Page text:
The Journal of Hazardous Materials Letters published findings earlier this year that has disproven the long-held belief that if asbestos is buried, it no longer poses a threat to human health.
Scientists have found that the common soil composition actually increases the mobility of asbestos particles, allowing it to spread into nearby groundwater.
The researchers referenced sixteen sites designated by the United States Environmental Protection Authority as environmental emergencies.
“People should be aware of what’s out there,” Sanjay Mohanty, who was the lead author, from UCLA.
“We typically assume, once it’s embedded in the soil, there is no risk. But we’ve shown here, in some instances, that’s not the case.”
The initial goal of the study was to establish the effectiveness of the EPA’s current method of covering the asbestos with soil, which included organic matter.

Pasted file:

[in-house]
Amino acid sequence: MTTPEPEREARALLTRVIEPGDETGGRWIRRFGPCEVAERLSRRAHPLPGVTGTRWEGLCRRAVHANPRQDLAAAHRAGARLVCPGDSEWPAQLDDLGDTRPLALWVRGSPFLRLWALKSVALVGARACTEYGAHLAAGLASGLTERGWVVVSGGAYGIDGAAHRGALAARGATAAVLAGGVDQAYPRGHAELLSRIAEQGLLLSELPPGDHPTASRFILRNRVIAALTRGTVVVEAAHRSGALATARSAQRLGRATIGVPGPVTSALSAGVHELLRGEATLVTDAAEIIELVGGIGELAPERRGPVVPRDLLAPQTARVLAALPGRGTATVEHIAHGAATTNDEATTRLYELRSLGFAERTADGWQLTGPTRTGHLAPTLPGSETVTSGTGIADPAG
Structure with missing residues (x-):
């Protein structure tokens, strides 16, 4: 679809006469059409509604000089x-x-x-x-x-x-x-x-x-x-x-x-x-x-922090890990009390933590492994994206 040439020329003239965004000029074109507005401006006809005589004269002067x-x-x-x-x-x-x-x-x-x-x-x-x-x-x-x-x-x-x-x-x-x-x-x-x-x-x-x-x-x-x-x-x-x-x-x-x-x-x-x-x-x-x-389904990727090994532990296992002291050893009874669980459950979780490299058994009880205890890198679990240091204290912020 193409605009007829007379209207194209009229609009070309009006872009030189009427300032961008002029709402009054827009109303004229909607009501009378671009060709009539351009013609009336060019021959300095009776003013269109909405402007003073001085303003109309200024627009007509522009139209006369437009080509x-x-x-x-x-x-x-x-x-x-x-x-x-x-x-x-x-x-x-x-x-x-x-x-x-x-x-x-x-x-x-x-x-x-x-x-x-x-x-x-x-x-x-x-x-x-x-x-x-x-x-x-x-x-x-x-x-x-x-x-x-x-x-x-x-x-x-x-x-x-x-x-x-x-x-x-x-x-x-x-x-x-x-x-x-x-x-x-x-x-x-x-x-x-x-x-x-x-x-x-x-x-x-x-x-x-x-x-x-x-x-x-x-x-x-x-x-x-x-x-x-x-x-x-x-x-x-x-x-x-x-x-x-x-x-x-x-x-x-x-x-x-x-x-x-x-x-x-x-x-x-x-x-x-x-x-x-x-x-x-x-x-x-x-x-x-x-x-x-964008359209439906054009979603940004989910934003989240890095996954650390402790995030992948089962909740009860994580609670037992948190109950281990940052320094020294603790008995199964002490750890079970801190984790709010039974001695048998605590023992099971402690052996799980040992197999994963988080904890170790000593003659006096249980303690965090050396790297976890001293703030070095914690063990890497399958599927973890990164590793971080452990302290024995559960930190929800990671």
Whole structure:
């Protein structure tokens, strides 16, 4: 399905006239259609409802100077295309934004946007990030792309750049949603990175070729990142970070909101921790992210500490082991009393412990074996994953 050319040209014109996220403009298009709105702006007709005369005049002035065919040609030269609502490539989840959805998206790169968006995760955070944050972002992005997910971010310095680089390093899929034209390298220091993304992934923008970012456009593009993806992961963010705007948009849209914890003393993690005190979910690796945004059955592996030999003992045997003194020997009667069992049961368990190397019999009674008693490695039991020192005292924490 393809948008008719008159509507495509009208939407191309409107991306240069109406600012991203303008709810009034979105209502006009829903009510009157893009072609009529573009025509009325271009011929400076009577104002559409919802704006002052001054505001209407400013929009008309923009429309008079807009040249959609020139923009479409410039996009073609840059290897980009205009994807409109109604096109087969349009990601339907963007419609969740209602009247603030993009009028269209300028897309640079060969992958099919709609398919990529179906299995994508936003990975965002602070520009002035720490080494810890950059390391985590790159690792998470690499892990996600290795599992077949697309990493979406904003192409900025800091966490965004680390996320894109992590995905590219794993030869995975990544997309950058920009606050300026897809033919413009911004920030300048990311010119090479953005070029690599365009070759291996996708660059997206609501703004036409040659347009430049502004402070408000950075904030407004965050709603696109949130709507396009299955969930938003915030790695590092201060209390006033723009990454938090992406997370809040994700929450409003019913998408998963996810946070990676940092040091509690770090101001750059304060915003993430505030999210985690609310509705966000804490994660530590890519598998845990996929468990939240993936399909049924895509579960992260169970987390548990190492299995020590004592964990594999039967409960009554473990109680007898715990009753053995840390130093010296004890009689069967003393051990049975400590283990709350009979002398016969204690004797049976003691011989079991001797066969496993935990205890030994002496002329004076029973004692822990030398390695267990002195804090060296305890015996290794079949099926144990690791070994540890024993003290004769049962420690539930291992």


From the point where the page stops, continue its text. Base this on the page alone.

Researchers found that the dissolved organic matter increased the likelihood of further exposure to asbestos and associated health risks.
“Now we can show that exactly the thing that they [EPA] do, which is add manure or other organic sludge to the asbestos piles that creates production of dissolved organic matter, is exactly what causes the liberation of asbestos,” one of the researchers explained, in a news release from Stanford University.
“It’s actually facilitating the transport of asbestos fibers.”
Utilising extensive laboratory testing, researchers concluded that organic matter changes the texture and charge of the fibres, allowing them to move more easily through soil.
“People have this idea that asbestos is all covered up and taken care of,” Jane Willenbring, associate professor of geological sciences at Stanford University, explained.
“But this is still a lingering legacy pollutant and might be dribbling out pollution, little by little.”